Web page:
Conversion Rate Optimization That Will 5x Your Online Sales
If you want to master conversion rate optimization then stop starting your sentences with…
Two words that will ruin your business.
Failing businesses all have one thing in common. They think. They don’t know. But when you’ve got your money on the line – you need to know what’s working and what isn’t.
That’s exactly where conversion rate optimization comes in. Once you start tracking what’s working and what isn’t, you’ll have all the data you need to make reliable (and profitable) decisions.
Data-based decisions that will drive your business forward, and increase your revenue and profits.
The Two Methods To Conversion Rate Optimization
When collecting data you need two things.
- A controlled test
- A reliable method of collecting the data
When it comes to running controlled tests there are two methods. The split test (also known as AB testing) and the multivariate test. Both can be used for conversion rate optimization.
Split test is when you create a duplicate of a web-asset (such as an email or web page), and change only 1 thing. This is good for when you need to tweak and refine an already successful web-asset.
However, because you can only change 1 element with each test, split tests optimize pages slowly (which isn’t good for most conversion rate optimization tests). For this reason, they should only be used after your page is already converting at least 1 in 100 unique views to a sale.
Multivariate testing is when you recreate a web-asset so that it is vastly different from the original. With this test we aren’t measuring the effect of individual elements on conversions. Instead, we are measuring two distinct concepts or ideas.
For instance a fitness coach might test whether people respond most to “losing weight” or “building muscle” when signing up for a bootcamp. Another test might be whether her potential clients preferred a “friendly” or “tough-talk” approach to reaching their fitness goals. Each page in the conversion rate optimization test would look completely different, using different colors, fonts, styles, images, headlines, offers and copy.
Multivariate testing is useful for product launches and “steering the ship” of your marketing campaigns. But once you’ve found a winning concept you should start refining the core idea using split tests to get the best conversion rate optimization results.
The only metric that matters
When you start looking at all the data you’re collecting, it’s easy to forget what matters most. And indeed, there is only 1 metric that you should ever base your decisions on.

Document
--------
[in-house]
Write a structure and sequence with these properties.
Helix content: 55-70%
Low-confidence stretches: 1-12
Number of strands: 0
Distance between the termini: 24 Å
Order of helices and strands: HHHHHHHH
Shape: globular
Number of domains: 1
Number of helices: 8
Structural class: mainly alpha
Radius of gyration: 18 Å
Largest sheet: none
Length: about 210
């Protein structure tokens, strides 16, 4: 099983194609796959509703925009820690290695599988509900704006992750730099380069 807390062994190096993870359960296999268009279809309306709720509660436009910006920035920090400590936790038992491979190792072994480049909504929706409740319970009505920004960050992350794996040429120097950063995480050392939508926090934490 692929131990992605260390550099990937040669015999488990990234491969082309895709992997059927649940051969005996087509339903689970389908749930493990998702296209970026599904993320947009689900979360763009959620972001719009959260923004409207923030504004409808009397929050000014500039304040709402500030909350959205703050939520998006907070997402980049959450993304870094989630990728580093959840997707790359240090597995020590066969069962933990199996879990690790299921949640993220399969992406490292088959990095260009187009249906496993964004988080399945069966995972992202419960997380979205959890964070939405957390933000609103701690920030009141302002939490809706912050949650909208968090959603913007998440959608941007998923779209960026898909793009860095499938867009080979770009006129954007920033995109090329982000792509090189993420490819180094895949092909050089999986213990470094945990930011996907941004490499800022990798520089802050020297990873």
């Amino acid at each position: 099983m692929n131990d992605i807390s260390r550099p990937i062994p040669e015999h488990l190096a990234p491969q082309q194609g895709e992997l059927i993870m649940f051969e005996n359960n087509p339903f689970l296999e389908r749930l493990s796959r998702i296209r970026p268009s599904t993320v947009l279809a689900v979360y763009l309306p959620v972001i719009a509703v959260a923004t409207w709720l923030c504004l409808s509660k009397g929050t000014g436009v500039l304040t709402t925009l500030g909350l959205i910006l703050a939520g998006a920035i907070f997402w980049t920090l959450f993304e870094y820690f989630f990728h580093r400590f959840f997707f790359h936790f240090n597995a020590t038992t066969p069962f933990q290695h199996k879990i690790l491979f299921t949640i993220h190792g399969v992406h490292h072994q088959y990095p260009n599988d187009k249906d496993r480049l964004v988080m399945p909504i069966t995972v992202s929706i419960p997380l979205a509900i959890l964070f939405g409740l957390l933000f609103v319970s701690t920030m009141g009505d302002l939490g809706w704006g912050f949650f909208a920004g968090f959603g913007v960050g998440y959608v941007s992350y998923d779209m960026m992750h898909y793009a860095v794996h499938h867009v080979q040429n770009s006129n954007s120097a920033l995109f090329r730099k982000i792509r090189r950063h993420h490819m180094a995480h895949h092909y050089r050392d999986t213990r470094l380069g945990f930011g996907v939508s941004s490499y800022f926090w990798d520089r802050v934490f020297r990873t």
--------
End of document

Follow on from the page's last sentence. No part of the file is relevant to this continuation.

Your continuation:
The conversion rate.
It doesn’t matter how long users stay on the page, or how far down they scroll. Or even what they click on. The only thing that you need to base your final decision on is the winning conversion rate.
Sounds obvious, but you’d be surprised at how many people try to justify a losing variant using everything but the one metric that matters. Always ask yourself “Which page is converting better?”
So why are we measuring all these other metrics when we’re doing conversion rate optimization? Because they help you build a better mouse trap…
You might find that users stop scrolling at a certain point in your copy. Or spend most of their time reading 1 particular section. Or they stop your video after 10 seconds. All of this data tells you why one thing performed better than another.
So the next time you run a test you can look back at all the data you’ve collected and come up with a hypothesis to test. The more data you have, the more likely it is that you’ll improve your conversions.
Collecting the data for conversion rate optimization
Running tests is easy. Most marketing platforms offer split testing. You can even run split tests using the free “content experiments” feature of Google Analytics.
In fact you could do all of your testing and collect all the data you need using just Google Content Experiements. And you could do all of this for free. But this can be a very complicated and tedious process, and isn’t user friendly for the majority of people.
To make collecting data and running tests easier for conversion rate optimization, I suggest using Visual Website Optimizer if your content builder doesn’t have a built in split testing feature (such as wordpress). For creating sales pages, and funnels I strongly suggest using Clickfunnels.
You can set up split tests quickly and easily within Clickfunnels (for more about setting up sales funnels read this blog post). It has a very simple analytics page and built in confidence scoring (more about that later as it’s a core concept for conversion rate optimization tests).
Visual Website Optimizer is great if you want to test non-sales pages, or pages that can’t be built within Clickfunnels. Such as Shopify store pages, WordPress blogs, and other website pages.
Yes, you could use Visual Website Optimizer for your sales pages as well, but in my experience building sales pages in WordPress and other content platforms is cumbersome at best. Although you plugins such as BeaverBuilder and VisualComposer make coding a webpage easier.